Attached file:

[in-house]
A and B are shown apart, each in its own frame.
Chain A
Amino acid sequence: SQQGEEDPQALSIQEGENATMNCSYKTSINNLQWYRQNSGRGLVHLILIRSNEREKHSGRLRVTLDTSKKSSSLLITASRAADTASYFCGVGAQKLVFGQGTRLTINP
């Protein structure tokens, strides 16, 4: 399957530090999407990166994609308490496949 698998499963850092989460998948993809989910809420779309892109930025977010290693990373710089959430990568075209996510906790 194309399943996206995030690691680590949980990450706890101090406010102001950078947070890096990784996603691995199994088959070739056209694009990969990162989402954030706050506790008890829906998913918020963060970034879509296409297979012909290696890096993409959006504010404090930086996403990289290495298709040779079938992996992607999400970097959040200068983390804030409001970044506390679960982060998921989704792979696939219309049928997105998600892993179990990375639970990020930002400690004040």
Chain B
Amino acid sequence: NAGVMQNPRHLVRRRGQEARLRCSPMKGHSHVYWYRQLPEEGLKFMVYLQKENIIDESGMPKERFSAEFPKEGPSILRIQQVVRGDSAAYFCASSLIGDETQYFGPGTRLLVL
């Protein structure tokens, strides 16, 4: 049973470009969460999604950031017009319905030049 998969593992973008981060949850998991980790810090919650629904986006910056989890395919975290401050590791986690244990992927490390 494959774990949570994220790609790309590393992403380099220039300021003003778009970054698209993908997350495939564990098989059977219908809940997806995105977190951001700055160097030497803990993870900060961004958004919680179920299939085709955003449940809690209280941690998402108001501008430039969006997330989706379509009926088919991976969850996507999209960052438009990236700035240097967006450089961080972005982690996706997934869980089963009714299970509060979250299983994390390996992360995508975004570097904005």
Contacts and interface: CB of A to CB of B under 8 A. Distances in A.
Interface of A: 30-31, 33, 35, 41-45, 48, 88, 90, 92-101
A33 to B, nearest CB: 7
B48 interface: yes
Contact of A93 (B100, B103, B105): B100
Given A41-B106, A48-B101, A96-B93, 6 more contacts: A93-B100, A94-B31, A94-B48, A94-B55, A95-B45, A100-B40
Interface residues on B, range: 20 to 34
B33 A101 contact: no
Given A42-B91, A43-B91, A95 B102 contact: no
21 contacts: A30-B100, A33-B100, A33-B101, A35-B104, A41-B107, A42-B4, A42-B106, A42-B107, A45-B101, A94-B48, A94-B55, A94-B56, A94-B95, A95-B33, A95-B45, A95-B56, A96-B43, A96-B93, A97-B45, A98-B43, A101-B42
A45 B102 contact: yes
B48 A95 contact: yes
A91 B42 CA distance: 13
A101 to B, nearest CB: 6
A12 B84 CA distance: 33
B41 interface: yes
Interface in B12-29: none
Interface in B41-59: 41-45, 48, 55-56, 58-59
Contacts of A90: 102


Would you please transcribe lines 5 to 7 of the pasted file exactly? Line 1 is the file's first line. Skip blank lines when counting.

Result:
């Protein structure tokens, strides 16, 4: 399957530090999407990166994609308490496949 698998499963850092989460998948993809989910809420779309892109930025977010290693990373710089959430990568075209996510906790 194309399943996206995030690691680590949980990450706890101090406010102001950078947070890096990784996603691995199994088959070739056209694009990969990162989402954030706050506790008890829906998913918020963060970034879509296409297979012909290696890096993409959006504010404090930086996403990289290495298709040779079938992996992607999400970097959040200068983390804030409001970044506390679960982060998921989704792979696939219309049928997105998600892993179990990375639970990020930002400690004040």
Chain B
Amino acid sequence: NAGVMQNPRHLVRRRGQEARLRCSPMKGHSHVYWYRQLPEEGLKFMVYLQKENIIDESGMPKERFSAEFPKEGPSILRIQQVVRGDSAAYFCASSLIGDETQYFGPGTRLLVL